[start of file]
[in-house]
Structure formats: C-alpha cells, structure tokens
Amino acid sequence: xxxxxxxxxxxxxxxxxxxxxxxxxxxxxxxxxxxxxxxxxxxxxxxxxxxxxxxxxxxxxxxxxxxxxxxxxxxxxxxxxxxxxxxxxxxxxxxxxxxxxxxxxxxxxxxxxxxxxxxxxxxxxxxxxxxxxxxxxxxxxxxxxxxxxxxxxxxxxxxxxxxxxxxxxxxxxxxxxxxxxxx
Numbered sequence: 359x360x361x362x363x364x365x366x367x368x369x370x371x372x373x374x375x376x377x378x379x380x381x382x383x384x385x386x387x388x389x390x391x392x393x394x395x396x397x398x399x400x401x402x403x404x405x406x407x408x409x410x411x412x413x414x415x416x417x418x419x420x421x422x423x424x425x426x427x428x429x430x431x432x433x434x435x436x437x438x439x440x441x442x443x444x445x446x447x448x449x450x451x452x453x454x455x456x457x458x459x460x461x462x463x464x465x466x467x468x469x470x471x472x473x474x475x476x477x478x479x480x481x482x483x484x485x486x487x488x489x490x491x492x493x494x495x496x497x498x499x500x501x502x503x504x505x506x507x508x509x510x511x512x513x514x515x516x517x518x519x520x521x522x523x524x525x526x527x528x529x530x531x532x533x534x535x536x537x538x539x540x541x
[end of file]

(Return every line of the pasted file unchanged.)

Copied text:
[in-house]
Structure formats: C-alpha cells, structure tokens
Amino acid sequence: xxxxxxxxxxxxxxxxxxxxxxxxxxxxxxxxxxxxxxxxxxxxxxxxxxxxxxxxxxxxxxxxxxxxxxxxxxxxxxxxxxxxxxxxxxxxxxxxxxxxxxxxxxxxxxxxxxxxxxxxxxxxxxxxxxxxxxxxxxxxxxxxxxxxxxxxxxxxxxxxxxxxxxxxxxxxxxxxxxxxxxx
Numbered sequence: 359x360x361x362x363x364x365x366x367x368x369x370x371x372x373x374x375x376x377x378x379x380x381x382x383x384x385x386x387x388x389x390x391x392x393x394x395x396x397x398x399x400x401x402x403x404x405x406x407x408x409x410x411x412x413x414x415x416x417x418x419x420x421x422x423x424x425x426x427x428x429x430x431x432x433x434x435x436x437x438x439x440x441x442x443x444x445x446x447x448x449x450x451x452x453x454x455x456x457x458x459x460x461x462x463x464x465x466x467x468x469x470x471x472x473x474x475x476x477x478x479x480x481x482x483x484x485x486x487x488x489x490x491x492x493x494x495x496x497x498x499x500x501x502x503x504x505x506x507x508x509x510x511x512x513x514x515x516x517x518x519x520x521x522x523x524x525x526x527x528x529x530x531x532x533x534x535x536x537x538x539x540x541x